Tax rebates have juiced economic growth, consumer spending and savings in recent months, and Treasury Secretary Henry Paulson expects the...
Tax rebates have juiced economic growth, consumer spending and savings in recent months, and Treasury Secretary Henry Paulson expects the boost will continue in the second half.
Now that more than half of the $168 billion — with payments ranging from $600 to $1,200 — has been distributed, experts fear the economy will go back to its old sluggish self. The checks came at a time when consumers were struggling with surging energy costs and shrinking home equity.
“We have long believed the impact of the rebate checks would be short-lived, similar to what occurred when rebates were distributed during the recession of 2001,” writes Deustche Bank Chief U.S. economist Joseph A. LaVorgna in a client note. The earlier stimulus was much smaller, totaling $38 billion.
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T. Rowe Price Chief U.S. Economist Alan Levenson estimates 80 percent of the checks distributed so far went into savings.
Even though just 20 percent was spent, the amount helped lift the annual rate of personal-consumption spending, adjusted for inflation, by 1.5 percent in the second quarter. “Rebates might have been a third of the growth in real spending,” Levenson says.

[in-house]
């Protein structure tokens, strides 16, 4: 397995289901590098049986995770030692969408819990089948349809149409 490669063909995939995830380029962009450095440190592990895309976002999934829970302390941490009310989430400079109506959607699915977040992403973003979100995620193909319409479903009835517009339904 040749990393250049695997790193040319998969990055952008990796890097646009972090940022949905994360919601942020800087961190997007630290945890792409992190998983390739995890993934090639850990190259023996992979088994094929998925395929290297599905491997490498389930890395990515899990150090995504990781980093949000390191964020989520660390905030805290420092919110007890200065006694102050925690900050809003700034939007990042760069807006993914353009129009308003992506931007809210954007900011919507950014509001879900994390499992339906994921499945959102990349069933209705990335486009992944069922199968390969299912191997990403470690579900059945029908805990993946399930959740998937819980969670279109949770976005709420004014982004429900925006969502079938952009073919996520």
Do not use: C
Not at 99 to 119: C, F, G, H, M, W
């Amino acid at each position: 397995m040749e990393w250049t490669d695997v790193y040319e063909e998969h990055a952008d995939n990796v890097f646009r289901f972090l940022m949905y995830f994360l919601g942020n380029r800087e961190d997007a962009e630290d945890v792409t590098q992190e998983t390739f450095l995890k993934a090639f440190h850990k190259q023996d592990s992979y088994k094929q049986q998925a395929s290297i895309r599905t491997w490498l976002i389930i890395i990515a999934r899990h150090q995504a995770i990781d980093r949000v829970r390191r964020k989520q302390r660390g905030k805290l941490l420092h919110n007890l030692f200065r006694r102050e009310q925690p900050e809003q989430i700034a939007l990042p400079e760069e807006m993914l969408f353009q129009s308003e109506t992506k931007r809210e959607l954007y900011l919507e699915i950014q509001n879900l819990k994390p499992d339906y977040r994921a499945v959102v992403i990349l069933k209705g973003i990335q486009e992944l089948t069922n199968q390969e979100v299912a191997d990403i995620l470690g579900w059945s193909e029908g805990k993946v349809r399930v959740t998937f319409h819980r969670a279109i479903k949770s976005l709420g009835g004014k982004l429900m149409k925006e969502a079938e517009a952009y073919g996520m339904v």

Likewise, the checks lifted second-quarter gross domestic product growth, which came in at 1.9 percent, he adds. Consumer spending contributed about 1.1 percentage points to that total, compared with 2.2 percentage points in the 2003 through 2006 period, says Levenson. “Given that we had these rebates, growth was still quite sluggish.”
Levenson expects bigger job losses and moderate but still high inflation to result in flat spending and GDP change for the year.
LaVorgna says a “sharp retrenchment” in household spending in the second half will cause consumer spending to grow at a skimpy 0.2 percent inflation-adjusted rate for 2008, the weakest level in 17 years.
The Treasury Department finished bulk mailings of the stimulus checks in the week ended July 11, after sending out 112 million individual payments totaling $91.8 billion.
Payments will continue as households file income-tax returns in coming months.